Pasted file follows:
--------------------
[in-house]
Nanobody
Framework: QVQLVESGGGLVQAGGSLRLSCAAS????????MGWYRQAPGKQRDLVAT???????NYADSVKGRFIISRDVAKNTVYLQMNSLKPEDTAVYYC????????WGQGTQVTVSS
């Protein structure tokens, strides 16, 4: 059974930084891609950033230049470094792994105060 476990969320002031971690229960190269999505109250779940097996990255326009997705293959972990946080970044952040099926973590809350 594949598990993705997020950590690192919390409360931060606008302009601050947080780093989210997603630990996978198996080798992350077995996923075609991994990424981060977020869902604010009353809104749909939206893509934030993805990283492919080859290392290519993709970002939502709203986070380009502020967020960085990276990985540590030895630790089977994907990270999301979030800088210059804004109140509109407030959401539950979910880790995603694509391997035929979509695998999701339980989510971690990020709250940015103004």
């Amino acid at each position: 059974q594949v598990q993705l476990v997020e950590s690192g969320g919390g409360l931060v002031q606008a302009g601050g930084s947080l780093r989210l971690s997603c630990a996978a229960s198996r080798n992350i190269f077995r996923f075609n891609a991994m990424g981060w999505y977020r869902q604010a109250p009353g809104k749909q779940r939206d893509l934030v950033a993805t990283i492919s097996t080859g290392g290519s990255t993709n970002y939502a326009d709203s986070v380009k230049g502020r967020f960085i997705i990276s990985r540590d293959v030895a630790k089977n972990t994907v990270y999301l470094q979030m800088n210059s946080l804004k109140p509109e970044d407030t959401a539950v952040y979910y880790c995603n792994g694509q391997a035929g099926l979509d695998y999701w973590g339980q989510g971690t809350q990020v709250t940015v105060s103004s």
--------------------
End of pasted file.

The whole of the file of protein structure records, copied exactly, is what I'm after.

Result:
[in-house]
Nanobody
Framework: QVQLVESGGGLVQAGGSLRLSCAAS????????MGWYRQAPGKQRDLVAT???????NYADSVKGRFIISRDVAKNTVYLQMNSLKPEDTAVYYC????????WGQGTQVTVSS
């Protein structure tokens, strides 16, 4: 059974930084891609950033230049470094792994105060 476990969320002031971690229960190269999505109250779940097996990255326009997705293959972990946080970044952040099926973590809350 594949598990993705997020950590690192919390409360931060606008302009601050947080780093989210997603630990996978198996080798992350077995996923075609991994990424981060977020869902604010009353809104749909939206893509934030993805990283492919080859290392290519993709970002939502709203986070380009502020967020960085990276990985540590030895630790089977994907990270999301979030800088210059804004109140509109407030959401539950979910880790995603694509391997035929979509695998999701339980989510971690990020709250940015103004």
């Amino acid at each position: 059974q594949v598990q993705l476990v997020e950590s690192g969320g919390g409360l931060v002031q606008a302009g601050g930084s947080l780093r989210l971690s997603c630990a996978a229960s198996r080798n992350i190269f077995r996923f075609n891609a991994m990424g981060w999505y977020r869902q604010a109250p009353g809104k749909q779940r939206d893509l934030v950033a993805t990283i492919s097996t080859g290392g290519s990255t993709n970002y939502a326009d709203s986070v380009k230049g502020r967020f960085i997705i990276s990985r540590d293959v030895a630790k089977n972990t994907v990270y999301l470094q979030m800088n210059s946080l804004k109140p509109e970044d407030t959401a539950v952040y979910y880790c995603n792994g694509q391997a035929g099926l979509d695998y999701w973590g339980q989510g971690t809350q990020v709250t940015v105060s103004s």